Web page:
In each case after the juvenile accused is convicted, before a sentence is passed, the child and his or her guardian are referred to the probation officer stationed permanently at the court for the drafting of a pre-sentence report. Initially it was found that these reports were not adequate “a pro forma form was used and the recommendation was always a suspended sentence. The probation officer was then called in and training was provided to her on an informal basis to make her aware of and request her to consider various other sentencing options. She was also referred to the local NICRO office to familiarise herself with the programmes they offer.

Liaising with all role-players
In addition, a juvenile justice forum meeting is held where all the roleplayers in the juvenile court meet once a month. The participants include the magistrate and prosecutor of the juvenile court, officials of the Department of Welfare, and representatives from each police station within the court’s jurisdiction, from Correctional Services, as well as from other institutions like NICRO, FAMSA, SANCA, Lawyers for Human Rights, the Legal Aid Justice Centre, Pata Place of Safety and Greenfields Place of Safety.

Problems experienced by each of these role-players are discussed at these meetings and solutions are found. This has led to a very close and good working relationship between all those working with juvenile justice in the area. The forum has also led to the drastic drop in the number of not only outstanding cases on D court’s roll, but also of juveniles kept in custody awaiting trial.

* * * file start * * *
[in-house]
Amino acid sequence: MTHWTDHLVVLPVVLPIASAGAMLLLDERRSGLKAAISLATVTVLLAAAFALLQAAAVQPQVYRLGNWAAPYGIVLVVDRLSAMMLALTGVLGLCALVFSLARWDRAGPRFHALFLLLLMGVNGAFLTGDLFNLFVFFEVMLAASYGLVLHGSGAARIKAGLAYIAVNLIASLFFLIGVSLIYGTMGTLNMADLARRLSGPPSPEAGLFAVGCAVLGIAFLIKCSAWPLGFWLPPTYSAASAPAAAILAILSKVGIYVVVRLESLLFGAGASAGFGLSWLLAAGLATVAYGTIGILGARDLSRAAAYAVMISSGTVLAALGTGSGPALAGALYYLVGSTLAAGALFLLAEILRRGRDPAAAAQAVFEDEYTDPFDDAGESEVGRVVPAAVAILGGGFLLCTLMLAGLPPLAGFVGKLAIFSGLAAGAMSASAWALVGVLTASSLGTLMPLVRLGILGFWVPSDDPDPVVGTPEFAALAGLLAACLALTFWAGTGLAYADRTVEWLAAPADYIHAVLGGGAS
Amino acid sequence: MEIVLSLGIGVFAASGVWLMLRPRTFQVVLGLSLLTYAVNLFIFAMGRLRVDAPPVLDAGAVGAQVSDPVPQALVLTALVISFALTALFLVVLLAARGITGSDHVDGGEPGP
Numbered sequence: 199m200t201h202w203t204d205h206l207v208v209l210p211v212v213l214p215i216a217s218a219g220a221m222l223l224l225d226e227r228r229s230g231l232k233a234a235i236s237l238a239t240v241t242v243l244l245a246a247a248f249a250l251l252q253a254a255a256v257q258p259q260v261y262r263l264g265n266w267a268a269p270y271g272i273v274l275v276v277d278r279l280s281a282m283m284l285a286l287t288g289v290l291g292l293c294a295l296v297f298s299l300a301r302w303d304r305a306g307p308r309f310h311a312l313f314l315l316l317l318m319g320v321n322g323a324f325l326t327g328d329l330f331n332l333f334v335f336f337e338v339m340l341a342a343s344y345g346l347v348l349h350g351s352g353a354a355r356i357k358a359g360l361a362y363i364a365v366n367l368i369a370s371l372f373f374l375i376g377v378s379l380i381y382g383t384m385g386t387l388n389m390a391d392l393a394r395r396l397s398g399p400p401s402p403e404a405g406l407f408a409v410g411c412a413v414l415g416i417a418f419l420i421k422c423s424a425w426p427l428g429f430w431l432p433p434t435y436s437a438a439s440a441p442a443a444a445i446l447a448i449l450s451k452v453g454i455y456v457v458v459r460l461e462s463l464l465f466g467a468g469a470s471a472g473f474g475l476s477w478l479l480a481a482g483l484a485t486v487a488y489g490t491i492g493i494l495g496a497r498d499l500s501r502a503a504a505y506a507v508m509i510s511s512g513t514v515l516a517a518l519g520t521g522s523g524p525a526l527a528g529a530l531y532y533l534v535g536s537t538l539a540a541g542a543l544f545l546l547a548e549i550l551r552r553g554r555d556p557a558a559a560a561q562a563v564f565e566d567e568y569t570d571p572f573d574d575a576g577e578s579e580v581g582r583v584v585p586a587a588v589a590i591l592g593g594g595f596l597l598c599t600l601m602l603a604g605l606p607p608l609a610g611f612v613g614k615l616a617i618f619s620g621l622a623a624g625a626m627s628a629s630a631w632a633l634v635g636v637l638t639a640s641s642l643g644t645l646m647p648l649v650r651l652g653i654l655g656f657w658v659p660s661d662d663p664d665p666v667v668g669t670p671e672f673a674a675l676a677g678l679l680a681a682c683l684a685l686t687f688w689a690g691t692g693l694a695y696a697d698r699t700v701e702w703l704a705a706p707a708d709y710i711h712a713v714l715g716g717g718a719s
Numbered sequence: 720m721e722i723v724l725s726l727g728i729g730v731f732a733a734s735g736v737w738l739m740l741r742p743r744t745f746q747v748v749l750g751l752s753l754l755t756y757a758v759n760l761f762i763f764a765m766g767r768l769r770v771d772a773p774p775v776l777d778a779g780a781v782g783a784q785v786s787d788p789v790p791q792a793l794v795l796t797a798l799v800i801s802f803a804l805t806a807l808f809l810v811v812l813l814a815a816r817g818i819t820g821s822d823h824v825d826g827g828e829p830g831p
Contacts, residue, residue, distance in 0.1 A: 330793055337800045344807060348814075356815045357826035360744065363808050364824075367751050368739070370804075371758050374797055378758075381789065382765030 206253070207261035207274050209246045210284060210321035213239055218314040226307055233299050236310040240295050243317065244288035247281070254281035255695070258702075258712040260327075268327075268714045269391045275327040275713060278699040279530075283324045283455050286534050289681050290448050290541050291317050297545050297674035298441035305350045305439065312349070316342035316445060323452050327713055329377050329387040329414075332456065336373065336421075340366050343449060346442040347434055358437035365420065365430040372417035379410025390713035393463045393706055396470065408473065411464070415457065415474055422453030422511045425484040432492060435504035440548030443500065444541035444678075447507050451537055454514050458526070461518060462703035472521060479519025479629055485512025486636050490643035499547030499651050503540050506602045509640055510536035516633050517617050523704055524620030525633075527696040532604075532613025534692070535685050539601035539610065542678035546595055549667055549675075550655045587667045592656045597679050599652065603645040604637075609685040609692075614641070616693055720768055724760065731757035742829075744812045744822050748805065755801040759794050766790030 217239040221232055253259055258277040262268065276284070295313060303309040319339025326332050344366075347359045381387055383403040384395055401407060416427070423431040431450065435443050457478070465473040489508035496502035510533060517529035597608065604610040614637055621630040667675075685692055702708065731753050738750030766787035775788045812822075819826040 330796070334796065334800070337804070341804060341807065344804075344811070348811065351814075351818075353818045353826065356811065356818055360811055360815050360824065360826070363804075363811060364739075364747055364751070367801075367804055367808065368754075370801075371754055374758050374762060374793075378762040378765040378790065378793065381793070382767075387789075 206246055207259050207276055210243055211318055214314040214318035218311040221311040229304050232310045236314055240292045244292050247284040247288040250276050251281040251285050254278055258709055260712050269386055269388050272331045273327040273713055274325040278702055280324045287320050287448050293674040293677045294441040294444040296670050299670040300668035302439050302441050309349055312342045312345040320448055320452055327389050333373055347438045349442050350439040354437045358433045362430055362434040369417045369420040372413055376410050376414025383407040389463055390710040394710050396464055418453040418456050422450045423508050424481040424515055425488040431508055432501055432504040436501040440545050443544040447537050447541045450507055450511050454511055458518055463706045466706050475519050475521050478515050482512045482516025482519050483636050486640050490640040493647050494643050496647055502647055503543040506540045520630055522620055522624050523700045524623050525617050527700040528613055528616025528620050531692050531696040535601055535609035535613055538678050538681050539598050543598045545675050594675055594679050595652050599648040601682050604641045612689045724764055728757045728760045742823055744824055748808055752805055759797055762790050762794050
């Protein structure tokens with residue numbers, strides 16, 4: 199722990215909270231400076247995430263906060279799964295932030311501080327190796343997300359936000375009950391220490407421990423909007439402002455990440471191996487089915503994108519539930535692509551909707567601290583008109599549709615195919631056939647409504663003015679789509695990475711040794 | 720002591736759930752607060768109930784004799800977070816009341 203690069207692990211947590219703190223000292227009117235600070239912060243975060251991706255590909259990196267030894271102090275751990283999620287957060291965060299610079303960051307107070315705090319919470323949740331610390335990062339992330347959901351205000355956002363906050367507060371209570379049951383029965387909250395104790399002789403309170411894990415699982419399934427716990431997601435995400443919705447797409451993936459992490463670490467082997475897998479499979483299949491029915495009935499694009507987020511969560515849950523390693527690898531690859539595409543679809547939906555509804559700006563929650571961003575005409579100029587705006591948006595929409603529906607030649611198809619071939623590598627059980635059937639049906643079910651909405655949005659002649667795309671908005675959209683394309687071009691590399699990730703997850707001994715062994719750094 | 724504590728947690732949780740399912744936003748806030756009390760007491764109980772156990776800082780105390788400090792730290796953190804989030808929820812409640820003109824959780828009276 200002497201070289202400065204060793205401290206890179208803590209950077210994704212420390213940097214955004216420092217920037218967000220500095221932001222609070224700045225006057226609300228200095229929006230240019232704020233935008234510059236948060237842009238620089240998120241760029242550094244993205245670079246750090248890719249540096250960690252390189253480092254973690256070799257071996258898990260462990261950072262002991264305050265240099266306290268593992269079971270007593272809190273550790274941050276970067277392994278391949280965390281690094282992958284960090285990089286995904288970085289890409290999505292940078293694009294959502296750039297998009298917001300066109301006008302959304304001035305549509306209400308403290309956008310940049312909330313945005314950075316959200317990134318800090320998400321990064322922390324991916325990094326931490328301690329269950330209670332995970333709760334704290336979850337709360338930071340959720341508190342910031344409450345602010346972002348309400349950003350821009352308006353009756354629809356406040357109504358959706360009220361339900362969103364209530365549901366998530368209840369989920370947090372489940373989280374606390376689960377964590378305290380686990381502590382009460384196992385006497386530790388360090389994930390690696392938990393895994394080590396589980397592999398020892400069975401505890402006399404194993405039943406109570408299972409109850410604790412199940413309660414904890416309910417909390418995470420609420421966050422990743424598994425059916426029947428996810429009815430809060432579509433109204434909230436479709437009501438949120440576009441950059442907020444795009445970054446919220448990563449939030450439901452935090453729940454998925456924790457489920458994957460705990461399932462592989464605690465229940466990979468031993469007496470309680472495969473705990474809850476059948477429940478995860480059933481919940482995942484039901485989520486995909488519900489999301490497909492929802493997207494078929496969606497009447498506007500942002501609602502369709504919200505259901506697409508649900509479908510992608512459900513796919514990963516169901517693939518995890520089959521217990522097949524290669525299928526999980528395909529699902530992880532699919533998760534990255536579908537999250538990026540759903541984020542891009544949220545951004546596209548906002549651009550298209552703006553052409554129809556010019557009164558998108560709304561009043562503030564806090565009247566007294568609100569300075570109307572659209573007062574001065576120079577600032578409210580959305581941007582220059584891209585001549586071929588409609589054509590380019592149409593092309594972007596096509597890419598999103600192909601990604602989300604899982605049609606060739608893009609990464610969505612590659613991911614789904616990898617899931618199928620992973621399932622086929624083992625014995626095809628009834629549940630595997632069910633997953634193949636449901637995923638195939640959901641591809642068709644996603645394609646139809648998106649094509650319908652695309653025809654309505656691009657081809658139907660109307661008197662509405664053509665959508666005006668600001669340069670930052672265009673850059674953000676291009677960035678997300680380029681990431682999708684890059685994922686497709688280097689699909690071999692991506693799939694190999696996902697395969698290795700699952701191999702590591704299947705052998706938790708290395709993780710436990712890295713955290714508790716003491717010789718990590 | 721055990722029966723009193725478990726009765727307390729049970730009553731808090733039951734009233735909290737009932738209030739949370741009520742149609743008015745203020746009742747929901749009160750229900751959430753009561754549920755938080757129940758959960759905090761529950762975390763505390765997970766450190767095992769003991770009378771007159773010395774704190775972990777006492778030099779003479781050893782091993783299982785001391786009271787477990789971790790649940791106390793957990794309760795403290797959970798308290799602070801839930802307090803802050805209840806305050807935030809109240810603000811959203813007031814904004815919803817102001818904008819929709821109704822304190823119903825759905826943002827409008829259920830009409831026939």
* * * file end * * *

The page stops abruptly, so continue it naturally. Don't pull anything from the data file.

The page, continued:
The law is by definition a set of rules and consequences, but when it comes to young offenders, the lines can become blurred. How a court deals with one 14-year old, for instance, can differ significantly from how it deals with another. Perhaps more than in any other court, when it comes to dealing with young offenders, the presiding magistrate can play a proactive role in ensuring that appropriate measures have been put in place for children.

This feature: Bezuidenhout, A. (2005) Thinking outside the box. Article 40, Vol.7, No.3, pp.6-7